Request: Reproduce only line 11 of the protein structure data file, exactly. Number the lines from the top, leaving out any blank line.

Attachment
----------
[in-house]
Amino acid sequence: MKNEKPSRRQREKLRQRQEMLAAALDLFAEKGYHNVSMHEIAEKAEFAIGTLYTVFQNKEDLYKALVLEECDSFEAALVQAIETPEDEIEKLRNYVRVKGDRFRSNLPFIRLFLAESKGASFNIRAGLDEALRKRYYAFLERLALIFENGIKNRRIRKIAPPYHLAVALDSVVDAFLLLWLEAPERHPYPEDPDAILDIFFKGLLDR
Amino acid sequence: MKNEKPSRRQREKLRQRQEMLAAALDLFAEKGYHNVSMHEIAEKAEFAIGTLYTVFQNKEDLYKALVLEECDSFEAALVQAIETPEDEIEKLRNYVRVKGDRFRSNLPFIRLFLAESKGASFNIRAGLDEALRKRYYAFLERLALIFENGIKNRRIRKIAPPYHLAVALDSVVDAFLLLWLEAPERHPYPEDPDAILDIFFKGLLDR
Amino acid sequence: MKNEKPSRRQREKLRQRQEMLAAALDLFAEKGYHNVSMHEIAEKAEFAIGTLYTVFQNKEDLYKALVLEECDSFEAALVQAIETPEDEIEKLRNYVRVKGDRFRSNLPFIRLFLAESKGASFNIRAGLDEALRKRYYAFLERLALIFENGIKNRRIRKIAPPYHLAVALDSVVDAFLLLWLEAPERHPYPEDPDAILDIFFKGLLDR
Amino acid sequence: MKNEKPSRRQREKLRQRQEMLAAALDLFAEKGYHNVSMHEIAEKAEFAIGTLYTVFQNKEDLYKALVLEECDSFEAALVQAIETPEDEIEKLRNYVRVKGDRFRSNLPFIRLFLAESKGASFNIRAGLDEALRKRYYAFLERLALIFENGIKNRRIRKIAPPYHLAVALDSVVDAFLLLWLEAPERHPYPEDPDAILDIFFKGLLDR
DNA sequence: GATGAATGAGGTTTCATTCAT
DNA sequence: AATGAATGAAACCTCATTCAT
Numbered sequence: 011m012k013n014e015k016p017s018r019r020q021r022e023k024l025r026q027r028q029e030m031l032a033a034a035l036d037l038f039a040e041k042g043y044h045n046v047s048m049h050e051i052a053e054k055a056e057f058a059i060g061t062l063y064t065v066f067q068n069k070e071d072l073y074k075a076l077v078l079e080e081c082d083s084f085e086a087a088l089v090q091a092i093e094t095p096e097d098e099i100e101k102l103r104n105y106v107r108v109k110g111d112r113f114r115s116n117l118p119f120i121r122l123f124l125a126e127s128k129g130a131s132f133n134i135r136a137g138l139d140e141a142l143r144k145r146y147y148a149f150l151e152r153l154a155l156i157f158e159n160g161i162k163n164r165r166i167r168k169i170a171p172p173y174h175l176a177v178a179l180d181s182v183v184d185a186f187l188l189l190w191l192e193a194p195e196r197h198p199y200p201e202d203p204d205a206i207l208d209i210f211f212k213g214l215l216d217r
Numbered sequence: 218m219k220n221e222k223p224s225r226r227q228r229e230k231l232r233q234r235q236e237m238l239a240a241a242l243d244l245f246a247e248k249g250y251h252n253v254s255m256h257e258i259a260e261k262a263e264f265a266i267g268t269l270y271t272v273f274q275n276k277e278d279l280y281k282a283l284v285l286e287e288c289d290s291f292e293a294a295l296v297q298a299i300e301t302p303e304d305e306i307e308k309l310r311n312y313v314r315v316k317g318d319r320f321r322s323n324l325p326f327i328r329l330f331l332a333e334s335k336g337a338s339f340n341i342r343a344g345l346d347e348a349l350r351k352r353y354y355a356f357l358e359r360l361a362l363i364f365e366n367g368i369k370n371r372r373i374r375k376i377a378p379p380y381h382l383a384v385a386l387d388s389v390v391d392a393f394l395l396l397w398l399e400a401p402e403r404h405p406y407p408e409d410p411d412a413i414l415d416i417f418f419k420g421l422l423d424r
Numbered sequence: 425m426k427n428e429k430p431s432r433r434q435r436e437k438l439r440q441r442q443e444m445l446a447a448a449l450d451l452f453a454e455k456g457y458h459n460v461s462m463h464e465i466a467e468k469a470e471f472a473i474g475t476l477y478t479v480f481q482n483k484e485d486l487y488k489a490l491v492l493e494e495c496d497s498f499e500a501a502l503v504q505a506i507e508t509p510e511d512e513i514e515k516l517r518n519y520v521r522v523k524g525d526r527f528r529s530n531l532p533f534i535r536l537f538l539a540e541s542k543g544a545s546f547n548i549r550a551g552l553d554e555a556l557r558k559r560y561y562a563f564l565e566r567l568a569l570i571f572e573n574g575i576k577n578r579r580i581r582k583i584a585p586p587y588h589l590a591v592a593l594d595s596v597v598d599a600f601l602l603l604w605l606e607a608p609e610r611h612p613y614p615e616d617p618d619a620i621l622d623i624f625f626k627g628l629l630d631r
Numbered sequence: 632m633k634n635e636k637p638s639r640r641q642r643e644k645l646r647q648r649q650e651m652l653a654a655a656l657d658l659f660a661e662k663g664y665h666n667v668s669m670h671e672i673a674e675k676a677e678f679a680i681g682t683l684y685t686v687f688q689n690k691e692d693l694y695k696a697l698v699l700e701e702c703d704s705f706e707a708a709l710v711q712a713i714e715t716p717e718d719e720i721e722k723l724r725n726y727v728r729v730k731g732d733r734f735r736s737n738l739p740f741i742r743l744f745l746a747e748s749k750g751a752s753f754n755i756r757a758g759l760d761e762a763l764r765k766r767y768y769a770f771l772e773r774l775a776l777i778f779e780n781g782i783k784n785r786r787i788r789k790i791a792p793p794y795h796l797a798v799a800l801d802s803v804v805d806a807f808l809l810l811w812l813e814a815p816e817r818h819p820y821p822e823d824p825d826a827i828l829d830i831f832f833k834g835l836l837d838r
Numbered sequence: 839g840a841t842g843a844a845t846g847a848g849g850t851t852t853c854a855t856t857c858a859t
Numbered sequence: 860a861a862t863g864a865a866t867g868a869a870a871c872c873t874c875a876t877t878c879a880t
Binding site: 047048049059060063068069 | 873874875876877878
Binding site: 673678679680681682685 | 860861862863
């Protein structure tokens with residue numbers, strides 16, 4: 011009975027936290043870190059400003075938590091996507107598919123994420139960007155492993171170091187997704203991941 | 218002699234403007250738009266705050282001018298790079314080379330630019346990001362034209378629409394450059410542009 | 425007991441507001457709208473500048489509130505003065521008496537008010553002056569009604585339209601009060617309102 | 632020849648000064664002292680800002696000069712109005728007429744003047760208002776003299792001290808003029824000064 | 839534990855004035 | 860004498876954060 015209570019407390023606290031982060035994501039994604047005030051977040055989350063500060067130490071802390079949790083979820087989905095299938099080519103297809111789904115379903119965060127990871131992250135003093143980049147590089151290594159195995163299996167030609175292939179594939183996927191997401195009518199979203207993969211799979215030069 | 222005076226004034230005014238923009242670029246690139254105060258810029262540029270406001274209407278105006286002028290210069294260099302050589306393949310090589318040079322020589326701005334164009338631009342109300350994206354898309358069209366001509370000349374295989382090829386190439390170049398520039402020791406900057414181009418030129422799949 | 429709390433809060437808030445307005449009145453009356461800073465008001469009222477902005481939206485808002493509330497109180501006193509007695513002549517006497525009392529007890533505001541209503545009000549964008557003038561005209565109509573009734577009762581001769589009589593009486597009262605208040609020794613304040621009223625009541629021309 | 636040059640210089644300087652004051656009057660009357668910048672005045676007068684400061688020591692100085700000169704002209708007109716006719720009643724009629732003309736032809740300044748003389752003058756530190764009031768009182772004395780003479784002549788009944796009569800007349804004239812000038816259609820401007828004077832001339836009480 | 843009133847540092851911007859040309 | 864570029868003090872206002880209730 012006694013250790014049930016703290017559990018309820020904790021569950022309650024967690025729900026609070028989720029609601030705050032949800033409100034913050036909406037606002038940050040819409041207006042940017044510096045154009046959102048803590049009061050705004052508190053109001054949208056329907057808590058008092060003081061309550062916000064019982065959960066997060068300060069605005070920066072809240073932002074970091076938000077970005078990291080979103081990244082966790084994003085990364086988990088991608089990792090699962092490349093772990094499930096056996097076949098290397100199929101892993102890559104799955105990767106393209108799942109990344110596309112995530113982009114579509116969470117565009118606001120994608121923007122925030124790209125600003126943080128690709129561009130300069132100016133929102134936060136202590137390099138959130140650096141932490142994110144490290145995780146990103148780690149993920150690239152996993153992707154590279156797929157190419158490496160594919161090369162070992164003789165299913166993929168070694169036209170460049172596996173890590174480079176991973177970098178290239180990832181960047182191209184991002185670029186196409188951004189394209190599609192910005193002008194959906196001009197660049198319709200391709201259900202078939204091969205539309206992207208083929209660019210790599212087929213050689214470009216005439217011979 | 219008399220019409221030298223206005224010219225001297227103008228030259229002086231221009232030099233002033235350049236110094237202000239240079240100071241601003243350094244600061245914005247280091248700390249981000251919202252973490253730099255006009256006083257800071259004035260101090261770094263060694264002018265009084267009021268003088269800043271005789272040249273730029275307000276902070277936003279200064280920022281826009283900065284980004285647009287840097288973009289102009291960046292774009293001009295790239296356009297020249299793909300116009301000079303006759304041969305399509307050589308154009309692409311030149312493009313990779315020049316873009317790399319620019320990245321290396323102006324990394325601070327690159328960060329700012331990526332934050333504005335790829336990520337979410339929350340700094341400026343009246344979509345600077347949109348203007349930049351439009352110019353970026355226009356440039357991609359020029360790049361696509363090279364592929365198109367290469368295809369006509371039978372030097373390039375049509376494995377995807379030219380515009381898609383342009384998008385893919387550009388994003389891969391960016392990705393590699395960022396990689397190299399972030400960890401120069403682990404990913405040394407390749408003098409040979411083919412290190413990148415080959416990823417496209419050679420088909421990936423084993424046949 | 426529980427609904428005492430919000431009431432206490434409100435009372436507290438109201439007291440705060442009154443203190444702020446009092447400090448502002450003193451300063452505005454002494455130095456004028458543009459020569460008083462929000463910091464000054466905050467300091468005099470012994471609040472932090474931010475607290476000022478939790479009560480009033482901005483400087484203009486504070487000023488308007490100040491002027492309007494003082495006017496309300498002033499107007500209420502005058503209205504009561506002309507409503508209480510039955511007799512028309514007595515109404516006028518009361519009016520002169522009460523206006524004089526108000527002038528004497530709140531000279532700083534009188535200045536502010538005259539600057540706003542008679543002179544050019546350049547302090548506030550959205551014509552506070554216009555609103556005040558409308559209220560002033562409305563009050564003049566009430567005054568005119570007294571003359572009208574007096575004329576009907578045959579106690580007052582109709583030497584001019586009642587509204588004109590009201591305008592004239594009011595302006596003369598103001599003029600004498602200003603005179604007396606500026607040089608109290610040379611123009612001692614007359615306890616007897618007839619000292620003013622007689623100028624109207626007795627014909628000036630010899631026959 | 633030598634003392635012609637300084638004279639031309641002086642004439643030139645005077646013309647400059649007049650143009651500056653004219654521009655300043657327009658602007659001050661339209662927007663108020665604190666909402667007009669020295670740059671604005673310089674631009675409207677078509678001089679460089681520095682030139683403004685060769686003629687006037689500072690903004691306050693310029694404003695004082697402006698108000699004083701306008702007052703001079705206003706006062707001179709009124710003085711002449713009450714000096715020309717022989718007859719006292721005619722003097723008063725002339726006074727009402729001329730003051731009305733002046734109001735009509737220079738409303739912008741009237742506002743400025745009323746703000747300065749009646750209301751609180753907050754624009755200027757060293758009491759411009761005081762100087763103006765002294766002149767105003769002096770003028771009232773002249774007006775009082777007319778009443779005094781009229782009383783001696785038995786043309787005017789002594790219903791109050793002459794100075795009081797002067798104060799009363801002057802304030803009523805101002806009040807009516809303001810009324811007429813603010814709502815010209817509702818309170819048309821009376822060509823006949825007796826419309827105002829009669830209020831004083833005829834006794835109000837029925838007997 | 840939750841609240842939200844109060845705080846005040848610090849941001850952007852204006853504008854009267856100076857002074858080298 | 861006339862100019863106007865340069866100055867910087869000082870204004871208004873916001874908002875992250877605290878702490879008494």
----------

Numbered sequence: 632m633k634n635e636k637p638s639r640r641q642r643e644k645l646r647q648r649q650e651m652l653a654a655a656l657d658l659f660a661e662k663g664y665h666n667v668s669m670h671e672i673a674e675k676a677e678f679a680i681g682t683l684y685t686v687f688q689n690k691e692d693l694y695k696a697l698v699l700e701e702c703d704s705f706e707a708a709l710v711q712a713i714e715t716p717e718d719e720i721e722k723l724r725n726y727v728r729v730k731g732d733r734f735r736s737n738l739p740f741i742r743l744f745l746a747e748s749k750g751a752s753f754n755i756r757a758g759l760d761e762a763l764r765k766r767y768y769a770f771l772e773r774l775a776l777i778f779e780n781g782i783k784n785r786r787i788r789k790i791a792p793p794y795h796l797a798v799a800l801d802s803v804v805d806a807f808l809l810l811w812l813e814a815p816e817r818h819p820y821p822e823d824p825d826a827i828l829d830i831f832f833k834g835l836l837d838r